It is one thing that somebody has no biological urge, that his urge has moved into higher realms of creativity. Then it is perfectly okay; he should be allowed to move that way. A poet may not feel like reproducing children. His poetry is enough, more than enough: he feels fulfilled. His biology has taken a new way, but his poetry will live, will have its own life. He has poured his life into it, just as a painter or a musician can pour his life into his music, into his dance, into his painting, and may not feel any biological urge. But he is not against biology, his energy is simply moving in a higher dimension. Then I say okay to it.
But what are your monks doing in the monasteries? What are your nuns doing in the nunneries? In all the religions, they are not creative people at all. They are the most uncreative on the earth for the simple reason that the only creativity they knew was biology. Below biology there is no creative possibility; biology is the bottom. You can move upwards but you cannot go downwards.
Once your biological reproduction is prohibited you are just a fossil, a dead person; you have a posthumous life. You have died already, because the moment your creative energy is prevented you cannot live. Living means creativity.
Even animals are living more than your monks. Trees are living more than your monks – at least they produce some flowers, some fruits. What do your monks produce? They simply go on repeating the Bible. It has already been produced. Keep it in the library, keep it in the museum, read it in the university – but every day, go on repeating it like a parrot. Do you think these people are, in any way, living?
There are monasteries where once you enter, then you never come out till you are dead. What does that signify? In fact you died the day you entered that monastery. You are cut off from life. You are not allowed to enjoy food because that is part of life. Religions teach that you should not be interested in food, in taste.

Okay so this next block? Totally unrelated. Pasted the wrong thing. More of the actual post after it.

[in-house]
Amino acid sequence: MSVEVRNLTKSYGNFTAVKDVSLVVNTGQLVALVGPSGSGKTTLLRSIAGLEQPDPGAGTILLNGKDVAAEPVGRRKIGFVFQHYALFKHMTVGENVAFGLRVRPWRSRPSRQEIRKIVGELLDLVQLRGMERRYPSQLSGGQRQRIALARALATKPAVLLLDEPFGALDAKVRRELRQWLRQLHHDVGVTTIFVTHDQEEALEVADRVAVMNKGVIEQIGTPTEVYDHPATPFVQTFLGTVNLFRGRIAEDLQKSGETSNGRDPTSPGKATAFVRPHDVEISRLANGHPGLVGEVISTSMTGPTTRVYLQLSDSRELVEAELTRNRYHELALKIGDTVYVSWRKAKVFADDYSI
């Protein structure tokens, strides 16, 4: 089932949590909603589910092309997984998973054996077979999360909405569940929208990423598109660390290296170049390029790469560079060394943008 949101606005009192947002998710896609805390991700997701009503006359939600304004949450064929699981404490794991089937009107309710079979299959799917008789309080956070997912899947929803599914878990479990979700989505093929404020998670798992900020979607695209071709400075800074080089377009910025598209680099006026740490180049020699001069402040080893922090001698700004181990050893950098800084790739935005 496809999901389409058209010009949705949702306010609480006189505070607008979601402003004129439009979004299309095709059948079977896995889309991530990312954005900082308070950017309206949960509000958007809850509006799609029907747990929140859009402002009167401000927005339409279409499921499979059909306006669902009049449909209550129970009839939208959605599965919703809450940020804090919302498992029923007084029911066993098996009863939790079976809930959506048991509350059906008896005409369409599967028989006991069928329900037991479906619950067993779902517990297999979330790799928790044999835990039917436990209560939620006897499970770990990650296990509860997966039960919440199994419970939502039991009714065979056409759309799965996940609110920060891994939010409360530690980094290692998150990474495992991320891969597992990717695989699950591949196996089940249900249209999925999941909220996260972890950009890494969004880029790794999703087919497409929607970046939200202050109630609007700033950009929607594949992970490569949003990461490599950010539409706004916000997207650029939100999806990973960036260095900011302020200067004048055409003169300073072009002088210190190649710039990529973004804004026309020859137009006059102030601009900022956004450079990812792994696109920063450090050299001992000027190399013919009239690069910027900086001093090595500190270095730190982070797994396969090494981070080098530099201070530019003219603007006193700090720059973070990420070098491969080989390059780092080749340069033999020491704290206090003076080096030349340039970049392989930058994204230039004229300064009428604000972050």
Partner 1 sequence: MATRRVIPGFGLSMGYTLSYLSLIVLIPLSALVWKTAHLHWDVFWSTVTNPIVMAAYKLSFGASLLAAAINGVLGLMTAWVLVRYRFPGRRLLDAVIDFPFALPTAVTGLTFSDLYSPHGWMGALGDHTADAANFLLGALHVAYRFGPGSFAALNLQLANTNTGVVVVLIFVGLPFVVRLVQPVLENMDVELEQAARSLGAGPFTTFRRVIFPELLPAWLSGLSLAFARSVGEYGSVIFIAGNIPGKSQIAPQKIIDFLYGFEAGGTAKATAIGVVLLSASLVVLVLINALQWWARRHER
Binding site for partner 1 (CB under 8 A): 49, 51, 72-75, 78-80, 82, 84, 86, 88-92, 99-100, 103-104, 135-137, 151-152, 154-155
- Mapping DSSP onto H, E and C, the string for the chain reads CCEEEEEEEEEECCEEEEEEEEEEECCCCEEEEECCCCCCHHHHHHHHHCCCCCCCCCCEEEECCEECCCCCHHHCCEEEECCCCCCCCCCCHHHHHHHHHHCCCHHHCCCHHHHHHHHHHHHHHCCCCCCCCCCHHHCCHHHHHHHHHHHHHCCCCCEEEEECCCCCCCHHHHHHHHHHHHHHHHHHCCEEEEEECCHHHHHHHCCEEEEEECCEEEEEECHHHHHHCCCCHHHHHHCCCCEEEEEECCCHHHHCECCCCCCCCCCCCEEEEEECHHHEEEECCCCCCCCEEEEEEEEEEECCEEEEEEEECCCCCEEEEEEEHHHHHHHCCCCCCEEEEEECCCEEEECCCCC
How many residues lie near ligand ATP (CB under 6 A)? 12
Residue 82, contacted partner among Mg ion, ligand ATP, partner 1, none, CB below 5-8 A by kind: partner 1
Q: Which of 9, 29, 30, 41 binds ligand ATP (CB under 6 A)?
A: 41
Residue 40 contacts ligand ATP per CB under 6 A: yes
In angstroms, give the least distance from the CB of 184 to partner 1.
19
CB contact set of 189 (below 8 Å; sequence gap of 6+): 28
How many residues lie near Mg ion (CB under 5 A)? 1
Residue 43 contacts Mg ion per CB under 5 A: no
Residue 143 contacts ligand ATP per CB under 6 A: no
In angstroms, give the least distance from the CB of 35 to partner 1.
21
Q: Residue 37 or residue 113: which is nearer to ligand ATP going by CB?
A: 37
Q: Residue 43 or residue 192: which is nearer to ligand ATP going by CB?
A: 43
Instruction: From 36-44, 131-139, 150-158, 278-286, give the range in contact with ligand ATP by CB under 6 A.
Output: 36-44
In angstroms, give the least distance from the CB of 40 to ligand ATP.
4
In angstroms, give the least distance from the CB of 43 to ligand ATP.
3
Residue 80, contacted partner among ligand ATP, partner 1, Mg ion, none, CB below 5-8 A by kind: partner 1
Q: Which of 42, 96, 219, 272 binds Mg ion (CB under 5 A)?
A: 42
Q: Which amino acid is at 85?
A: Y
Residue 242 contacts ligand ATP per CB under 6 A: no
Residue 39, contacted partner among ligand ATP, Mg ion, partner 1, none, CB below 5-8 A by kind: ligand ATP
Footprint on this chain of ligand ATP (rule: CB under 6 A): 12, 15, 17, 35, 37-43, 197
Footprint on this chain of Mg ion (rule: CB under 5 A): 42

In India many religions teach how to destroy the taste of the food before you eat it. There are many traditions in India where the monk will beg and put all kinds of things in one begging bowl, because he is not allowed to beg from just one house. And even if he begs from just one house, then in one begging bowl sweet things are there, salty things are there, all kinds of spices are there, rice is there, all kinds of dals are there; and they all get mixed up. But that is not enough! First the monk should go to the river and dip the whole begging bowl in the river – they don’t take any chances – and then mix everything…and then enjoy it! Have a nice lunch, dinner, or whatever you call it.
In fact, once it happened: I was sitting on the bank of my village river, and a monk whom I knew – he used to beg from my house too, and he was very friendly with my father, and they used to chitchat – was doing this horrible thing of dipping his begging bowl.
I said to him, “Have you ever thought of one thing? The way you enjoy your food, even a buffalo would refuse it, a donkey would refuse it.”
He said, “What?”